Pacific Rim Uprising is pretty much the opposite of Pacific Rim

Don’t expect to see anything you liked  about Guillermo del Toro’s unlikely blockbuster in this sequel (well, except the robots and monsters).

Cailee Spaeny and John Boyega in Pacific Rim Uprising

Guillermo del Toro’s Pacific Rim is an outlier in the huge blockbuster world: it’s a movie mainly about giant robots that manages to feel created rather than assembled. Though it’s inevitable that hundreds of suits had a hand in shaping any $190-million movie, Pacific Rim very much feels like a Guillermo del Toro movie. His great strength (and I say this as someone who has never really loved any of his films) lies in crafting a world and an atmosphere, which is no small feat when you consider that Pacific Rim is basically just grafting together the worlds of Godzilla and Macross.

Suffice to say that while it seemed inevitable that a Pacific Rim sequel would be made considering the film’s box office success overseas, chances were low that anyone could recapture the particular scrappiness of the first film. It isn’t a great film, but at least it’s a memorable and idiosyncratic one. Pacific Rim Uprising is, in fact, as close to being the very opposite as it can be while remaining a movie about giant robots wailing on giant monsters. Where the first film made odd choices, Uprising makes the safest ones; where the first film found comedy relief in bizarre supporting characters, Uprising finds it in a whippersnapper tomboy character that fell off the back of the truck on the way to the next Transformers movie.

Ten years after the events of the first film, the world has returned to relative calm. The kaiju are under control and, while portions of the world were destroyed irreparably, life goes on. Jake Pentecost (John Boyega), son of the late military hero who gave his life at the end of the first film, makes a living providing Oreos and sriracha to decadent Rich Teens of Instagram who spend their days partying in ruined mansions. He has a more lucrative hustle in finding and selling parts of jaegers (the mind-controlled robots that humans used to fight the kaiju) to the highest bidder. That’s where he meets Amara (Cailee Spaeny), a teenage tech wizard who lands them both in hot water. They’re arrested and Jake is more or less forced back into military service by his adoptive sister Mako (Rinko Kikuchi) instead of serving jail time.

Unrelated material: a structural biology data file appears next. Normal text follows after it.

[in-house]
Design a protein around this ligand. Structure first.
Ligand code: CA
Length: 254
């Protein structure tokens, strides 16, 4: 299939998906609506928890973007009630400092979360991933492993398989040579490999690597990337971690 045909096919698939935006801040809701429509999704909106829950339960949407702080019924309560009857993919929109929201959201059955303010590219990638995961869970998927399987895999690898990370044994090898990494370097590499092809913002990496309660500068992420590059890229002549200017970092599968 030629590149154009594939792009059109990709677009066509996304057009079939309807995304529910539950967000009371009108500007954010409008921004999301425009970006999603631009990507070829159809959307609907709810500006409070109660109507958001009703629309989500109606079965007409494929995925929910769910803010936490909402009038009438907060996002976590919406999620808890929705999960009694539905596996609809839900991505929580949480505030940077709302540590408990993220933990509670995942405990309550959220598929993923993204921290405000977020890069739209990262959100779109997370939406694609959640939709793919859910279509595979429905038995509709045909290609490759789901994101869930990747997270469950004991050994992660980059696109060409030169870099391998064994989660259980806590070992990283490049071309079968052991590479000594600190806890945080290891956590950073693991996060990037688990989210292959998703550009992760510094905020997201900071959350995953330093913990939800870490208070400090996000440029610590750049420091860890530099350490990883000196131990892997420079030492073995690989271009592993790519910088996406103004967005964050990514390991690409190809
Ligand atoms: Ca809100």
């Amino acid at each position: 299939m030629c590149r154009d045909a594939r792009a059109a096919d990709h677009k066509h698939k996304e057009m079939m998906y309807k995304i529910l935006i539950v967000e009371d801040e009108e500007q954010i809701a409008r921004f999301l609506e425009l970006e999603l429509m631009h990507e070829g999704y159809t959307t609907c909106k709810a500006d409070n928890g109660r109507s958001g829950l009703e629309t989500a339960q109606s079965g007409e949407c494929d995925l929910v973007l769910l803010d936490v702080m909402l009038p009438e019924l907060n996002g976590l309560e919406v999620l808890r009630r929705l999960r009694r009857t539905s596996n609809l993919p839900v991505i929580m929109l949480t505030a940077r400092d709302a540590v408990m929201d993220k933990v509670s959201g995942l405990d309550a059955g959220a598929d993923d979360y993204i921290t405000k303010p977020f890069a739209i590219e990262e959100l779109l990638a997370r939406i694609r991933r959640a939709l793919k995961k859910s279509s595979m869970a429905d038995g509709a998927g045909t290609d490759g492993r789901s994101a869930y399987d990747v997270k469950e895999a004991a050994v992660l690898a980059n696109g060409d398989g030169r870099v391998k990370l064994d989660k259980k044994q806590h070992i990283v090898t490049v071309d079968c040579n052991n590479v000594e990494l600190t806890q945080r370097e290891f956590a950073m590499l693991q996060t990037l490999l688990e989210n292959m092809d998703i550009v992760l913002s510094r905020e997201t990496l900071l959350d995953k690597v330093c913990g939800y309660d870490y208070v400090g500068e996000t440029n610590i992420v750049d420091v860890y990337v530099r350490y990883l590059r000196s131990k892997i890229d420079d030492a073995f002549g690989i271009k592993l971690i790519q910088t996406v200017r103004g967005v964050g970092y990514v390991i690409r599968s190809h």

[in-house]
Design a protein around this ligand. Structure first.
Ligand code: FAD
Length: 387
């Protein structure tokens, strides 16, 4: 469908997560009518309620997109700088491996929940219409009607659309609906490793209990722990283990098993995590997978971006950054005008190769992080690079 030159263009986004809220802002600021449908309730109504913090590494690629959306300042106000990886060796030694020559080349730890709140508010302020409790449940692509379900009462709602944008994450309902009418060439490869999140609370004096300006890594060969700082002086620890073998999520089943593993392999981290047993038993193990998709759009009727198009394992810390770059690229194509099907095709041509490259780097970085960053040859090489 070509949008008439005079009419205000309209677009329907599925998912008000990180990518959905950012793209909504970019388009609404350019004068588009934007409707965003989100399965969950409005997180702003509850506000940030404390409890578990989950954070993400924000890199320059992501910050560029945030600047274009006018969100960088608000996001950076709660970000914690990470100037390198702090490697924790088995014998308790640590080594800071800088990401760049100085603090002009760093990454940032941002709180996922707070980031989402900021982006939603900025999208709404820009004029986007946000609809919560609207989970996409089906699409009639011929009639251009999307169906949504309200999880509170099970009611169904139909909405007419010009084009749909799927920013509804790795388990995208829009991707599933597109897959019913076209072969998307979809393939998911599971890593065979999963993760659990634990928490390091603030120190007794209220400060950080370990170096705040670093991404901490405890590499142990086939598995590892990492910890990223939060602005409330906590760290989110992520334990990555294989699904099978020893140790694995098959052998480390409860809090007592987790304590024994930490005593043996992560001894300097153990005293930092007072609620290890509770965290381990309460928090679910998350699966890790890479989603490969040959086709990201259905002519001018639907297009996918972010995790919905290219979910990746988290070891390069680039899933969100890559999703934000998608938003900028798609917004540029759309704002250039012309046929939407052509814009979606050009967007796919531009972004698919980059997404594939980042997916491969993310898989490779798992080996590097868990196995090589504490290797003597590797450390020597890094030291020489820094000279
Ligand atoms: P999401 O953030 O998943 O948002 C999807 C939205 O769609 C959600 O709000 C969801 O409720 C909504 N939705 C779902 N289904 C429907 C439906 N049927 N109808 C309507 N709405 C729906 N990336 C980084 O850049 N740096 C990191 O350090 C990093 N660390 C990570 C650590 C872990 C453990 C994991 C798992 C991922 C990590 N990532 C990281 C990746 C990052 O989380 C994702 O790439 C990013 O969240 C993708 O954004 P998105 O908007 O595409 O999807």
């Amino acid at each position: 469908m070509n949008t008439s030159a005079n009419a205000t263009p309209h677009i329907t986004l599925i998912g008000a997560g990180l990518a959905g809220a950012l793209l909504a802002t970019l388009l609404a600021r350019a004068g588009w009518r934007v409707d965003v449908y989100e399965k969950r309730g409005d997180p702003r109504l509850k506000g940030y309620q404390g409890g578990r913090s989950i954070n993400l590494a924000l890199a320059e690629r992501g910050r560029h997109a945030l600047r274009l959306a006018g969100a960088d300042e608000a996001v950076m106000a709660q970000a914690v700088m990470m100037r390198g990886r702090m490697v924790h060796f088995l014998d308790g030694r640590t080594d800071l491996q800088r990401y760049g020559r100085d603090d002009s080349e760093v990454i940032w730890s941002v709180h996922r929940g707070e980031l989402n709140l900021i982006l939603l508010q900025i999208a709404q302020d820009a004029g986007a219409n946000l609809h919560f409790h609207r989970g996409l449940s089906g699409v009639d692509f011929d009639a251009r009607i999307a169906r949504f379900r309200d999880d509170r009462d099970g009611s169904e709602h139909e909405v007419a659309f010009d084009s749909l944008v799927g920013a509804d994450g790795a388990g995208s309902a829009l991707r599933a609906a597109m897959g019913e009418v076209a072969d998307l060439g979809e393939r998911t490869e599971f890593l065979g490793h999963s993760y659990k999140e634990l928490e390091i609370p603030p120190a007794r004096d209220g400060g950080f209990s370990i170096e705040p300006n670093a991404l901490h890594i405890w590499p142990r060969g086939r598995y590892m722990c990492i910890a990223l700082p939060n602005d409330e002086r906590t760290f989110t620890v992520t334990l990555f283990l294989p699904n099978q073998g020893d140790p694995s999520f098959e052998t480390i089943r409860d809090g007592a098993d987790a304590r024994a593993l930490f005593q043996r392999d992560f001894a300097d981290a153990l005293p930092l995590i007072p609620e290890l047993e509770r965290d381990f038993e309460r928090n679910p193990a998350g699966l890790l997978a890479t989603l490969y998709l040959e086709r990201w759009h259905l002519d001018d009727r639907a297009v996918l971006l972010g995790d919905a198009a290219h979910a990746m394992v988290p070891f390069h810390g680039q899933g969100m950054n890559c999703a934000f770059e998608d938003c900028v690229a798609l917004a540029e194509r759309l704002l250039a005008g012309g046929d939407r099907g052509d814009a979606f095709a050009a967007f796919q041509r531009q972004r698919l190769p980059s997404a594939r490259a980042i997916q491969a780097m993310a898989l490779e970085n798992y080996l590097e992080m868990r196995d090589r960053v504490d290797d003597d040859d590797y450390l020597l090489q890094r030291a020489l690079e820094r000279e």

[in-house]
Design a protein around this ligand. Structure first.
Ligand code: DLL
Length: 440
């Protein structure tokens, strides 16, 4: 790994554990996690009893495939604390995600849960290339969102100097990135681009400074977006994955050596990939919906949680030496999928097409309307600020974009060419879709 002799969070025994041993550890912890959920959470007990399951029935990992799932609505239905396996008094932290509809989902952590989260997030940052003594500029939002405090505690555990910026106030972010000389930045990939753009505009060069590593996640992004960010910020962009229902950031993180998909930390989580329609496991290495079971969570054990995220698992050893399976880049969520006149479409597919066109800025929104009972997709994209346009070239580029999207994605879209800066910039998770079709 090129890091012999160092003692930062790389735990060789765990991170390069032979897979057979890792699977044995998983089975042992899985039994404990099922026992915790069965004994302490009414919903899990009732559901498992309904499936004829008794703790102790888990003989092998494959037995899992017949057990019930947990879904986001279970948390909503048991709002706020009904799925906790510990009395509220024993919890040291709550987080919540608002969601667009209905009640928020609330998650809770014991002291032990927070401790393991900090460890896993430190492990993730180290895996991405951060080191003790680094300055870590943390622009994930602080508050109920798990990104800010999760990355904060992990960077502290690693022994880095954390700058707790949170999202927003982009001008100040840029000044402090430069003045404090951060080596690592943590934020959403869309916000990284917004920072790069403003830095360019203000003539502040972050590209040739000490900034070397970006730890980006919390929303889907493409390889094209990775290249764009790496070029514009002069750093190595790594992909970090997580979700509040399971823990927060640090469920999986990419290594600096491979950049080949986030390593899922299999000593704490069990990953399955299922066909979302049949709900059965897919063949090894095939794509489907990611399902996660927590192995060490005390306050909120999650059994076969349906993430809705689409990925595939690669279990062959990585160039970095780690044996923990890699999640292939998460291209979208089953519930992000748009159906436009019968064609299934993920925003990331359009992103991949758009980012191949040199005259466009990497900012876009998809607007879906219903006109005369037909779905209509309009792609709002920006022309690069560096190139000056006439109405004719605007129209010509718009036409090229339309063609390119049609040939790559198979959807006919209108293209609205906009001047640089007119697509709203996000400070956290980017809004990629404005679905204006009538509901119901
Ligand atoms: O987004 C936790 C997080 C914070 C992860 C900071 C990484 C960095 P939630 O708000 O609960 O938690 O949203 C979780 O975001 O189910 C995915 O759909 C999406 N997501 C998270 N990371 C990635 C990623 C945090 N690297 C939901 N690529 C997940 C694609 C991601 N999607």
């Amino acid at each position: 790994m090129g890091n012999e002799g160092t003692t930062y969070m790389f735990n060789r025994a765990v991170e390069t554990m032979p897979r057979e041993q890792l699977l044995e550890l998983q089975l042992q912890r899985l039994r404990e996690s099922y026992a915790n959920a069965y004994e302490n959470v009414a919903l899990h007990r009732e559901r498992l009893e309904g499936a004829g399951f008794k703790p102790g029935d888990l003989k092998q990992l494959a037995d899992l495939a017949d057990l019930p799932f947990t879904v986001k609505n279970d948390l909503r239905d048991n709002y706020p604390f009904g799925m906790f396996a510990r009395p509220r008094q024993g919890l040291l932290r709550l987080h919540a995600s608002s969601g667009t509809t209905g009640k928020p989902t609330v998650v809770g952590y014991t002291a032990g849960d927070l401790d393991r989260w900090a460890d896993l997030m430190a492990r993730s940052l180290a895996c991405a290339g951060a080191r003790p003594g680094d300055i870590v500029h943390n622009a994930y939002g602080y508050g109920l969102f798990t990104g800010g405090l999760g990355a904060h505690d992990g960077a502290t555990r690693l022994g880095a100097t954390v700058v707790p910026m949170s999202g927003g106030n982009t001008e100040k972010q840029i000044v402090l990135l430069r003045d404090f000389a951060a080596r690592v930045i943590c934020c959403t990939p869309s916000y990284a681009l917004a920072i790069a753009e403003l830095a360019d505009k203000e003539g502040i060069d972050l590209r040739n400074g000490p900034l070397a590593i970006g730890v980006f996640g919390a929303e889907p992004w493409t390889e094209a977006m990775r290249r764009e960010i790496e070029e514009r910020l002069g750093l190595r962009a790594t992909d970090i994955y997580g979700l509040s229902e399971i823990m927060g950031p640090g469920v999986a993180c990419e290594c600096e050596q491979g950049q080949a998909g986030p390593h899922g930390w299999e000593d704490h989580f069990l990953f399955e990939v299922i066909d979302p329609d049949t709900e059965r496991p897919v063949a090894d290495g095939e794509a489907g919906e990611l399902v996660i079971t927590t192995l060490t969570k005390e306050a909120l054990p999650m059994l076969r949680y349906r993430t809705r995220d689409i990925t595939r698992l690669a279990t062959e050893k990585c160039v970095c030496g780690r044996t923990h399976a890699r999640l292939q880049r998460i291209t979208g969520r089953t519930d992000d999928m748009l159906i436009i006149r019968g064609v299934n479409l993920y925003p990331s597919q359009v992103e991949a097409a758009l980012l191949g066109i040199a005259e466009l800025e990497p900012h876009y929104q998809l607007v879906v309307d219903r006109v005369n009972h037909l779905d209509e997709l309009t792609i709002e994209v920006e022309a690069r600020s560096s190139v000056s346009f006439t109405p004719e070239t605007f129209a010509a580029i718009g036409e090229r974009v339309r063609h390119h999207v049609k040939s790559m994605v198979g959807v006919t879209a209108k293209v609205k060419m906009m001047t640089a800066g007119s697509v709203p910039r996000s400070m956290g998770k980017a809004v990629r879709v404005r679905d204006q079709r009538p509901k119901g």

Pacific Rim Uprising is a sequel and a sequel inevitably means more: more robots, more kaiju, more characters, more locations, more flashbacks, more explosions… but not necessarily more ambition. Everything that’s different about this sequel – the character interactions, the backstories, the villains, the humour – is different in a more generic, more familiar way. (The exception might be Amara’s orphaning story, which is basically taken beat-for-beat from Mako’s in the original.) The introduction of a whole heaping fuckload of bratty teen cadets (one of whom is played by Sonny Chiba’s actual son) brings the average quality of interaction way down, inserting generic YA conflicts into what is already, must I remind you, a movie about big robots. (And one that stars Scott Eastwood, to boot – though I will admit he is less of a goober here than in his other blockbuster incursions.)

Many people compare Pacific Rim to the Transformers franchise – those people must be lucky enough to never have witnessed a Transformers film, because even the limited pleasures of Pacific Rim Uprising feel like Bergman compared to the indistinct cacophony of the Bay-led robot franchise. New director Steven S. DeKnight (who has worked mostly in TV, notably on the Spartacus shows, Daredevil and Buffy the Vampire Slayer) fares relatively well with the action scenes, which are about as clear and well-blocked as two CGI robots could hope to be. (Oh, yeah: the robots fight each other a lot here, which they did not do at all in the first one; the reasons behind it would bust my word count.)

The problem is with everything else: the anemic humour, the bloodless performances, the indifferent stakes. The truth is that I actually really like the world of Pacific Rim. I like the choices it made for its particular peccadilloes, I like the weirdly borderless world it inhabits (though the heavy Chinese content is likely a box-office consideration this time around) and I like the glee behind the mash-up. It’s the rare huge-ass sci-fi property that I’d like to see more of, simply because it seems there’s so much space for weirdness in here. There’s almost none to be found in Pacific Rim Uprising, which ticks the boxes so joylessly and dutifully, you almost forget Guillermo del Toro ever had anything to do with this. ■

Pacific Rim Uprising opens in theatres on Friday, March 23. Watch the trailer here: